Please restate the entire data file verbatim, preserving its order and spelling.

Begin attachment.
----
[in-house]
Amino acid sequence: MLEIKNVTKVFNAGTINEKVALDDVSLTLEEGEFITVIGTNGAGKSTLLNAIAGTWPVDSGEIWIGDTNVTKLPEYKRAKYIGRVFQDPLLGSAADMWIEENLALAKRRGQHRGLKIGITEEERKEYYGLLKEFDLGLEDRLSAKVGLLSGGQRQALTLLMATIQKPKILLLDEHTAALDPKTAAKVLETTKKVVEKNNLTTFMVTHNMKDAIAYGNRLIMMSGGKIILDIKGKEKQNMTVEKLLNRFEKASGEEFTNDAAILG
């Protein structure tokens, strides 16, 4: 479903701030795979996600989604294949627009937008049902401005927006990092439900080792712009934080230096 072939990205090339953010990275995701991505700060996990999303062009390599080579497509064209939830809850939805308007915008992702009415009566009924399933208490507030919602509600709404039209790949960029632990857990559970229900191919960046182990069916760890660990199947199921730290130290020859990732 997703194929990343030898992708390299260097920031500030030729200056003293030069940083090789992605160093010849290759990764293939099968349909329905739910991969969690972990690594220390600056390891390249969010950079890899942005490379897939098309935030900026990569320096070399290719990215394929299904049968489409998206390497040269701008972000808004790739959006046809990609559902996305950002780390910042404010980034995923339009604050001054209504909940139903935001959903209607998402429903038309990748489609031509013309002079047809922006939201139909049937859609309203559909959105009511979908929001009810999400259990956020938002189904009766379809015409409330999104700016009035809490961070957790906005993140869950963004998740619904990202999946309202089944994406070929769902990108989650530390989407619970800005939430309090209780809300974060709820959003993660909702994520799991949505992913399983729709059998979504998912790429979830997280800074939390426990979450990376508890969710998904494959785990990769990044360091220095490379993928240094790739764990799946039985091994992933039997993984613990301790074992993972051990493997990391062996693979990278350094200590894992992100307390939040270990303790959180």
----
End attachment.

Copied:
[in-house]
Amino acid sequence: MLEIKNVTKVFNAGTINEKVALDDVSLTLEEGEFITVIGTNGAGKSTLLNAIAGTWPVDSGEIWIGDTNVTKLPEYKRAKYIGRVFQDPLLGSAADMWIEENLALAKRRGQHRGLKIGITEEERKEYYGLLKEFDLGLEDRLSAKVGLLSGGQRQALTLLMATIQKPKILLLDEHTAALDPKTAAKVLETTKKVVEKNNLTTFMVTHNMKDAIAYGNRLIMMSGGKIILDIKGKEKQNMTVEKLLNRFEKASGEEFTNDAAILG
């Protein structure tokens, strides 16, 4: 479903701030795979996600989604294949627009937008049902401005927006990092439900080792712009934080230096 072939990205090339953010990275995701991505700060996990999303062009390599080579497509064209939830809850939805308007915008992702009415009566009924399933208490507030919602509600709404039209790949960029632990857990559970229900191919960046182990069916760890660990199947199921730290130290020859990732 997703194929990343030898992708390299260097920031500030030729200056003293030069940083090789992605160093010849290759990764293939099968349909329905739910991969969690972990690594220390600056390891390249969010950079890899942005490379897939098309935030900026990569320096070399290719990215394929299904049968489409998206390497040269701008972000808004790739959006046809990609559902996305950002780390910042404010980034995923339009604050001054209504909940139903935001959903209607998402429903038309990748489609031509013309002079047809922006939201139909049937859609309203559909959105009511979908929001009810999400259990956020938002189904009766379809015409409330999104700016009035809490961070957790906005993140869950963004998740619904990202999946309202089944994406070929769902990108989650530390989407619970800005939430309090209780809300974060709820959003993660909702994520799991949505992913399983729709059998979504998912790429979830997280800074939390426990979450990376508890969710998904494959785990990769990044360091220095490379993928240094790739764990799946039985091994992933039997993984613990301790074992993972051990493997990391062996693979990278350094200590894992992100307390939040270990303790959180």